Behavioral health disorders affect 44 million adults in America. Despite more than 70% of rural and urban patients reporting satisfaction with using telebehavioral health, fewer than half of this growing population receive the treatment they need.
The stigma of mental illness, the lack of coverage and inadequate reimbursement, and a significant shortage of behavioral health professionals contribute to the barrier to care that exists for those who need it.
The National Quality Forum (NQF), the nation’s leading resource for health care quality measurement and improvement, and the American Hospital Association (AHA) Center for Health Innovation have partnered to release Redesigning Care: A How-To Guide for Hospitals and Health Systems Seeking to Implement, Strengthen and Sustain Telebehavioral Health. The guide supports both hospital and health system efforts in delivering innovative, high-quality telebehavioral health services to patients and communities across the nation.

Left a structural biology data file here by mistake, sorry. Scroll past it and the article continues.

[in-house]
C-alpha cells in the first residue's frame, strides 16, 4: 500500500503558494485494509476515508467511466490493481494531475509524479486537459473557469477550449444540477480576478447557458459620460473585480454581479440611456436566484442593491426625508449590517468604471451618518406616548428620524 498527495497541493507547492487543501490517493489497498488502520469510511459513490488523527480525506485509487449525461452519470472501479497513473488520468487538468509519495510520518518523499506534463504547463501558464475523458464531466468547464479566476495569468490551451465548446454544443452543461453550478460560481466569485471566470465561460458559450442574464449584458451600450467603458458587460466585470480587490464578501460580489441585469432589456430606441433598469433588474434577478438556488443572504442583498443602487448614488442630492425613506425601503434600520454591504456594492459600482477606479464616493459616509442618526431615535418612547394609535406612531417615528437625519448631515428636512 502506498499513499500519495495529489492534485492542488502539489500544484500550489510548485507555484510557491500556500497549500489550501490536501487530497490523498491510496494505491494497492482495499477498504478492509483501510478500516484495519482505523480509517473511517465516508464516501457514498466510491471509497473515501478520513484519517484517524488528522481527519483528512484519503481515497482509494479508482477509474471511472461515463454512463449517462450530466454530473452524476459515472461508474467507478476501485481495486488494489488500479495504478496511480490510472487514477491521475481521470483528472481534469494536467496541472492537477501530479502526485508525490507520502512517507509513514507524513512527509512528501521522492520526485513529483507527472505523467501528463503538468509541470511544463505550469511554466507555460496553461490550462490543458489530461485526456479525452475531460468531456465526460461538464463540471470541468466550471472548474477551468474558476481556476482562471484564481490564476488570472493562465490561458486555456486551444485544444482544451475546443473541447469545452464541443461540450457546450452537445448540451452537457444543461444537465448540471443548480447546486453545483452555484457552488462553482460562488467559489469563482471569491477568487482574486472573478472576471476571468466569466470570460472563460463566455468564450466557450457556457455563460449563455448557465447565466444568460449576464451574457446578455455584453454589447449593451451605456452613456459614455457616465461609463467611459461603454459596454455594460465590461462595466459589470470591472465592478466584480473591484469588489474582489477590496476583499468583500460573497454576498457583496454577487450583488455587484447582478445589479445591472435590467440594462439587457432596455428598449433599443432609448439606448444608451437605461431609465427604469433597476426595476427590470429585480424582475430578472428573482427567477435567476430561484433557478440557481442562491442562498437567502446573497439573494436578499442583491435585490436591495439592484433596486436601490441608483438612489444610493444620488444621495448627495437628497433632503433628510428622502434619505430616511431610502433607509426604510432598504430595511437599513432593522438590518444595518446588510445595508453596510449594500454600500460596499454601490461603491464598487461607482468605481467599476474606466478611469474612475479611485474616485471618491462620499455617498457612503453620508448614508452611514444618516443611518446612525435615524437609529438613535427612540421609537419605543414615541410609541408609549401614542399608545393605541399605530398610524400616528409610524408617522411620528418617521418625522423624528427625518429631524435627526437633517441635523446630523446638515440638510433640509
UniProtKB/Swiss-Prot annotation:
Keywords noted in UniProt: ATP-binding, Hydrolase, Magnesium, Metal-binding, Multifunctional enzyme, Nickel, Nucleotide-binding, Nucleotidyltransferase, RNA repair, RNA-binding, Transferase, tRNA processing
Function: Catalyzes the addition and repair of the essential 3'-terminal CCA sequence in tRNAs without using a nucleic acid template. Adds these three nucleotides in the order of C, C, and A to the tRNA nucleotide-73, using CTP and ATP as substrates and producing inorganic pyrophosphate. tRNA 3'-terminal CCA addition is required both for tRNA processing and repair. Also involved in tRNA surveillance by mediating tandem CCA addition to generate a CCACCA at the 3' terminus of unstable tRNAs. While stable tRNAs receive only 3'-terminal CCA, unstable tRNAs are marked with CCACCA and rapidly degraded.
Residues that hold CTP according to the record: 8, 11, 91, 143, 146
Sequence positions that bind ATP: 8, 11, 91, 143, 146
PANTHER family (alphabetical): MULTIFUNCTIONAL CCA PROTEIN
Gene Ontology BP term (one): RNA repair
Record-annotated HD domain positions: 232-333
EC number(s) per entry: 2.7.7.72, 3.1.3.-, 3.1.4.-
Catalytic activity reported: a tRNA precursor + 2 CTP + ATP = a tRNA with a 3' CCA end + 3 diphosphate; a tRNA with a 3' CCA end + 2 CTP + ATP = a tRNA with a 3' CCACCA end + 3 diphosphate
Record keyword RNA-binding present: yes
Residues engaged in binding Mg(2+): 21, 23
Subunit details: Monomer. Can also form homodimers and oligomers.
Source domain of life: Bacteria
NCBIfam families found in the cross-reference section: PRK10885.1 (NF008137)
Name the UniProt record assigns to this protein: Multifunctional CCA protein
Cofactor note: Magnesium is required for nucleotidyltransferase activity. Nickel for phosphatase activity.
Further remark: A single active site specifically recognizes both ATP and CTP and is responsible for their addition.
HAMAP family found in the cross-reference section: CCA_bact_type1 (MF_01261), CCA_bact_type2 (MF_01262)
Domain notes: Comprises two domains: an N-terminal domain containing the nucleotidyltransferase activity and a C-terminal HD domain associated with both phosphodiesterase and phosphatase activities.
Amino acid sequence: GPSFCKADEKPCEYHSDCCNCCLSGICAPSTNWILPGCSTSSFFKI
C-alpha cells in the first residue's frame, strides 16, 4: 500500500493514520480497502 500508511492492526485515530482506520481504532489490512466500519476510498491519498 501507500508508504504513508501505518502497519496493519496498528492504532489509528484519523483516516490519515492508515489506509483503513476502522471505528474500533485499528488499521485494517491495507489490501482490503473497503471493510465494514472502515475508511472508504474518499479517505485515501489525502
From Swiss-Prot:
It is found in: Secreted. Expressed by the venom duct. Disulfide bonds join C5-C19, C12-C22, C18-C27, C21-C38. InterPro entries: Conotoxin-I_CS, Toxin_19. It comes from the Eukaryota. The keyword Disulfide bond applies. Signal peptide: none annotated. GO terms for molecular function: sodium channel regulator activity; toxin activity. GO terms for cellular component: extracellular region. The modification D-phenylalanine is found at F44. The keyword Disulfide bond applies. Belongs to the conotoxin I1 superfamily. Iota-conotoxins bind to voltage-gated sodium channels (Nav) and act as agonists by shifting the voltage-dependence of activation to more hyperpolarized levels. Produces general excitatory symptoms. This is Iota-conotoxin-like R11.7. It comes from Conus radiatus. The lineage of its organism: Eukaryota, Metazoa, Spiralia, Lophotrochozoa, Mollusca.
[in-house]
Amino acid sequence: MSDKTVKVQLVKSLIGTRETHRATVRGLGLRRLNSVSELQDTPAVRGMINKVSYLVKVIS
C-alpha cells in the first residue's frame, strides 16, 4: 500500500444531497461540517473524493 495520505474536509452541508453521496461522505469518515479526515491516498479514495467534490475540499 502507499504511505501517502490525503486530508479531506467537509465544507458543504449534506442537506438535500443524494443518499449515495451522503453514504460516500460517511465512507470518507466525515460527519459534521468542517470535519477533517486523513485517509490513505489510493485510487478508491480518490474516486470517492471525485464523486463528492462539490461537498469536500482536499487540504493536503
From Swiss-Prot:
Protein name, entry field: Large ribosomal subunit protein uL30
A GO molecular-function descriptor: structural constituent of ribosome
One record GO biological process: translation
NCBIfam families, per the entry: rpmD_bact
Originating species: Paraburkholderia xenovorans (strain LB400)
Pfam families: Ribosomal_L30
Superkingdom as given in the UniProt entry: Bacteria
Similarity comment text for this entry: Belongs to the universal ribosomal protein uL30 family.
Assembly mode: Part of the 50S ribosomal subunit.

“This guide is unique because it is informed by perspectives across clinical care, technology, strategy, and implementation,” said Shantanu Agrawal, M.D., NQF president and CEO. “It gives C-suite leaders, managers and front-line staff the strategies, interventions, and tools needed to make smart decisions, take actionable steps and deliver quality behavioral health care to patients.”
Telebehavioral health offers tremendous potential to improve patient outcomes and experience by transforming care delivery, overcoming geographic distances and enhancing access to care, particularly in underserved and rural areas or both.
In addition to actionable strategies and interventions to improve patient outcomes, the how-to guide:
“Telebehavioral health expands access, improves outcomes and lowers costs,” said Andrew Shin, chief operating officer of the AHA Center for Health Innovation. “Whether a hospital or health system is starting a new service or strengthening existing programs, this guide provides practical guidance for scaling and sustaining innovative models for behavioral health.”
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